Numerous chimpanzees lawsuits could turn them into legal persons. On Tuesday, an animal activist group, which is known as the Nonhuman Rights Project, filed the first of numerous suits in a New York Supreme Court on behalf of four chimpanzees. They want a judge to grant the animals the “right to bodily liberty” or to be considered legal persons.
Steven M Wise, who is the founder and president of the rights project, stated that they want the judges in the cases to actually recognize, for the first time, that the chimpanzees are autonomous, cognitively complex beings and they have the basic legal right not to be imprisoned. So he and the Nonhuman Rights Project want the animals to be declared as legal persons and freed out of captivity. This first suit is just one of three that will be opened in three different New York counties this upcoming week. They each are targeting two chimps that have been used for research and another two that are living on private property.
If such rulings were to pass, this could be the start of granting legal personhood to many different varieties of animals all over the United States. If NhRP was to end up being successful in New York, it would topple millennia of laws which define animals as people’s property. It might also set off a chain reaction which could drain over into various other jurisdictions.
The Nonhuman Rights Project says that all four chimpanzees are in the state of New York:
• Kiko, age 26, use to work in the entertainment industry. He is now on private property, where he is caged.
• Hercules and Leo are two young males which are owned by a research center.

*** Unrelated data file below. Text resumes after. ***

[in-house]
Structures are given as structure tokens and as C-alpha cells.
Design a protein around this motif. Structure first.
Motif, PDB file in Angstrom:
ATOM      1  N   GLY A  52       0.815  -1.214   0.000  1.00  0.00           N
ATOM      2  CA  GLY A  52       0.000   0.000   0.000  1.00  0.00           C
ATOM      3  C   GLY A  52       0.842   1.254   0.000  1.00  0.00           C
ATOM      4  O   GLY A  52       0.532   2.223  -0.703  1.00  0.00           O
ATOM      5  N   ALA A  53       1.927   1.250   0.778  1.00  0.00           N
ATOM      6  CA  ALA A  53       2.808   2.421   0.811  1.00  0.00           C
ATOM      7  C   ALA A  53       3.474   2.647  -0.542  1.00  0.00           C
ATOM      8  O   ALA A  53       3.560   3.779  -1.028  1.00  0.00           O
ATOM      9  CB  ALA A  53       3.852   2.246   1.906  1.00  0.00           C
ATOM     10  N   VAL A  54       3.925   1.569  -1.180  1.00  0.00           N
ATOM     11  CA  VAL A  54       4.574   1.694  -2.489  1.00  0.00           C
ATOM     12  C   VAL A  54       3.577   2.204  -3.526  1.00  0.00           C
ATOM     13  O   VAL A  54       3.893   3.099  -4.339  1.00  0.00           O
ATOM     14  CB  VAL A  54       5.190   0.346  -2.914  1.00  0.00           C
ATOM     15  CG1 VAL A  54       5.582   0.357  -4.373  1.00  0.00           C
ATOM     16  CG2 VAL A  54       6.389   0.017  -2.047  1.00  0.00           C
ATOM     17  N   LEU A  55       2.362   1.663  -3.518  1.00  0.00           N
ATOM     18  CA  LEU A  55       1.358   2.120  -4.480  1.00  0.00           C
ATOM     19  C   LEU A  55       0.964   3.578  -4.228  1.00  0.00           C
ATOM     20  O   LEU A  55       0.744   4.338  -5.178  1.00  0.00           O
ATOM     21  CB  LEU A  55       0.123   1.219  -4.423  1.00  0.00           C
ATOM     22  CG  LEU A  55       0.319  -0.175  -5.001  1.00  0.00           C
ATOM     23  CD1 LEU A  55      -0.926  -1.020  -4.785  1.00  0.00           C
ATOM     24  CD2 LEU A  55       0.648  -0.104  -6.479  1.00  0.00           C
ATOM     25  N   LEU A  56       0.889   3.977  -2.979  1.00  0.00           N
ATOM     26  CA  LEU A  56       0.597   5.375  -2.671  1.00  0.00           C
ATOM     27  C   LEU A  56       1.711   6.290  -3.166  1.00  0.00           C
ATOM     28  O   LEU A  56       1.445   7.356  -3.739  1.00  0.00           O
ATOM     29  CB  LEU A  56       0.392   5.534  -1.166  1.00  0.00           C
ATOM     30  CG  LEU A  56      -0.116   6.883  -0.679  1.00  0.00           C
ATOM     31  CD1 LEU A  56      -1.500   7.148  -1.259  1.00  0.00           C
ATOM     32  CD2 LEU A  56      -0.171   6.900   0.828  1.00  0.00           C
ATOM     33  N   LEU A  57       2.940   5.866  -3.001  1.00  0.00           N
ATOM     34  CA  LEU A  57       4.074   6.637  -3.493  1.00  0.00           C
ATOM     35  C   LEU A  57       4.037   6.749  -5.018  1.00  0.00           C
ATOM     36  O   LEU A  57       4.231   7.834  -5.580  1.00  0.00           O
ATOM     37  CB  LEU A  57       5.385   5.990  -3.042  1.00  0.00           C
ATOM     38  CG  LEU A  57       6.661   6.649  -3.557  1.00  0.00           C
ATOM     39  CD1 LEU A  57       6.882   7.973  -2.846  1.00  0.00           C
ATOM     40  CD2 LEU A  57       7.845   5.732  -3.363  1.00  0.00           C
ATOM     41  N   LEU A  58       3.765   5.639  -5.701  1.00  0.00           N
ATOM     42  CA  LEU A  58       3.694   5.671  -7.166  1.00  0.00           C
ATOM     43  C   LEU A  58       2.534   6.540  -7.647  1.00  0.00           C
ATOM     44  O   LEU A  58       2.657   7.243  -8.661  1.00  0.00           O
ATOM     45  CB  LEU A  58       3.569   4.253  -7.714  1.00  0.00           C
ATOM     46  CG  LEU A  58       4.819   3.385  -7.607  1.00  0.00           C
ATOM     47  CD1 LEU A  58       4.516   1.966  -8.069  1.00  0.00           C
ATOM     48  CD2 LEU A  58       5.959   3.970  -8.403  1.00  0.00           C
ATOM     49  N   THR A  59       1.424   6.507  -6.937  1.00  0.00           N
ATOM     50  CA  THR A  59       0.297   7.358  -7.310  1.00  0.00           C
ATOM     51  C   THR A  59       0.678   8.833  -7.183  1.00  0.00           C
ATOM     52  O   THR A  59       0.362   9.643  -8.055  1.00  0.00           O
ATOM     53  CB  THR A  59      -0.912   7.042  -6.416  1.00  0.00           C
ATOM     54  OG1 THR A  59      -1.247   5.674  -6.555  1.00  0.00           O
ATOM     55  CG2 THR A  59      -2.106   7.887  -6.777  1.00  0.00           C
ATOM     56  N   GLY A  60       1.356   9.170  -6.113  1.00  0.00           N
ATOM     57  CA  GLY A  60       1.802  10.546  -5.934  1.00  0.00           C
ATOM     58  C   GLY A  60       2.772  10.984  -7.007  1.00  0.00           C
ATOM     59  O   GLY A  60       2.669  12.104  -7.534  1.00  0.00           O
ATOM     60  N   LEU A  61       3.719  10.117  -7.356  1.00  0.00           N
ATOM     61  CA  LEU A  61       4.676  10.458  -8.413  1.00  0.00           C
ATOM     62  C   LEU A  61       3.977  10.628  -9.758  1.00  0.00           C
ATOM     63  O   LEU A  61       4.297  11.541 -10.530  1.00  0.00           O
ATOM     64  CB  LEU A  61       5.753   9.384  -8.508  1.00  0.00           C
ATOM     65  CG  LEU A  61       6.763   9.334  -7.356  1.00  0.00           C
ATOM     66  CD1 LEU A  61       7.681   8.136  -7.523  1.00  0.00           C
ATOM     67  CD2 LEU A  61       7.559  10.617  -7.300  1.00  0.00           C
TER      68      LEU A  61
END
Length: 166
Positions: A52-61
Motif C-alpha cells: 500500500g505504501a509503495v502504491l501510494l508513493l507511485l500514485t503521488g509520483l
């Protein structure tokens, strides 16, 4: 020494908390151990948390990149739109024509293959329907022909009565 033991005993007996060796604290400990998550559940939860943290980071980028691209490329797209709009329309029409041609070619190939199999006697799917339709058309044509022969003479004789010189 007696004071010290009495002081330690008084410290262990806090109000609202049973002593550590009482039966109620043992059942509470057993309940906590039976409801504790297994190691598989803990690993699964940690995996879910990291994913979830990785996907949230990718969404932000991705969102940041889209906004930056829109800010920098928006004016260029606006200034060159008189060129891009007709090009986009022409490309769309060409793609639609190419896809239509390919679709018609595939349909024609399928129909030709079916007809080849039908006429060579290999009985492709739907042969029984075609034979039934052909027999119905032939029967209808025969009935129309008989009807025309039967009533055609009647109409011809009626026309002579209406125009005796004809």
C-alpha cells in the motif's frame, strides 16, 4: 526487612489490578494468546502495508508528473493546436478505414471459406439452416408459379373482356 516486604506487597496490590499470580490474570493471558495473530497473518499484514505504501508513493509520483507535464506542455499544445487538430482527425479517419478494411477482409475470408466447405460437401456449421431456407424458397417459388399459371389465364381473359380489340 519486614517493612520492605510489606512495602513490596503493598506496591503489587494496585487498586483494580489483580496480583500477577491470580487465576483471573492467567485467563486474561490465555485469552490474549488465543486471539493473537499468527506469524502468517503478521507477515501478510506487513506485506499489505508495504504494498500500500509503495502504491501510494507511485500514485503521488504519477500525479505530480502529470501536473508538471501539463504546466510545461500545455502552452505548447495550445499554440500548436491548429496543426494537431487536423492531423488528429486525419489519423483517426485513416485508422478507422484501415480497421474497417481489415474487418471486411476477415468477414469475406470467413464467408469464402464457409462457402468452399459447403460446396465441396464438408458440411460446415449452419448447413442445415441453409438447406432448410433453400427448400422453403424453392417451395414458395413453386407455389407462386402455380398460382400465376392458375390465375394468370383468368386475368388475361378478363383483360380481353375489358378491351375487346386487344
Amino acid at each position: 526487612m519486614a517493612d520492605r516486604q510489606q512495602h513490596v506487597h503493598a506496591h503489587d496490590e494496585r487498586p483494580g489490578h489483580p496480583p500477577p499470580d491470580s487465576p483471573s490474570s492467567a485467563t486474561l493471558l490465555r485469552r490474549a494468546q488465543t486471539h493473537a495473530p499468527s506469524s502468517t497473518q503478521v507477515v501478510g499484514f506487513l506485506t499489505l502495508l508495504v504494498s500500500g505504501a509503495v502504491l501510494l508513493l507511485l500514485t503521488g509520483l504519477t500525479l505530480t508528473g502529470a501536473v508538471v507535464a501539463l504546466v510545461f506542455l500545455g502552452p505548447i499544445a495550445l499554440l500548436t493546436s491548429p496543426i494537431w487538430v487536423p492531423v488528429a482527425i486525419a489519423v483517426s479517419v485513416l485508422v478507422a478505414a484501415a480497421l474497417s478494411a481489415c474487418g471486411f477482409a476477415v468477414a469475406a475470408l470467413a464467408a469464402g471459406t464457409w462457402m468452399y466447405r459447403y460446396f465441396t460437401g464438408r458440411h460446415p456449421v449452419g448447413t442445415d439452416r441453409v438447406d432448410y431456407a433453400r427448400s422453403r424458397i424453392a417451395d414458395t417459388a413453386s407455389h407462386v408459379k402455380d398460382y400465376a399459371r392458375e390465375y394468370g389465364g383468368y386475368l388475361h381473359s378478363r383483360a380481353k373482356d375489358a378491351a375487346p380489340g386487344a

• Tommy, age 26, lives inside a cage in a trailer park.
Neither owner of Tommy nor Kiko have responded for any comments or questions, Wise stated.
The research department had a spokesperson release a statement. She said that the center had not seen any legal papers related to the chimpanzees, so she was unable to comment on the matter.
Even if the chimpanzees do not know what the lawsuits are, they will benefit from being represented, and possibly being declared as having “legal personhood”.
Apparently Spain’s parliament decided to pass just such a resolution back in 2008, but it was centered on great apes. Their law deemed that those animals could be considered legal persons. Why did the country not do it for other animals?
Because lawsuits must address real problems which are is facing a specific plaintiff. That is why it is not allowed for anyone to sue on behalf of all animals which exist every place on the Earth.
These certain suits are asking for specific requests for the four chimpanzees. They want them to be moved to a sanctuary where they will be able to live out the rest of their days along with other chimpanzees in an environment that is as near to the wild that is possible in North America, explained the Nonhuman Rights Project.
The group also stated it plans to file even more lawsuits all across the United States on behalf of animals that are in captivity, which have been scientifically proven to have self-awareness such as dolphins, whales and elephants.
If these happen, those animals will have the chimpanzees and their lawsuits to thank for turning them all into legal persons in the eyes of the law.
By Kimberly Ruble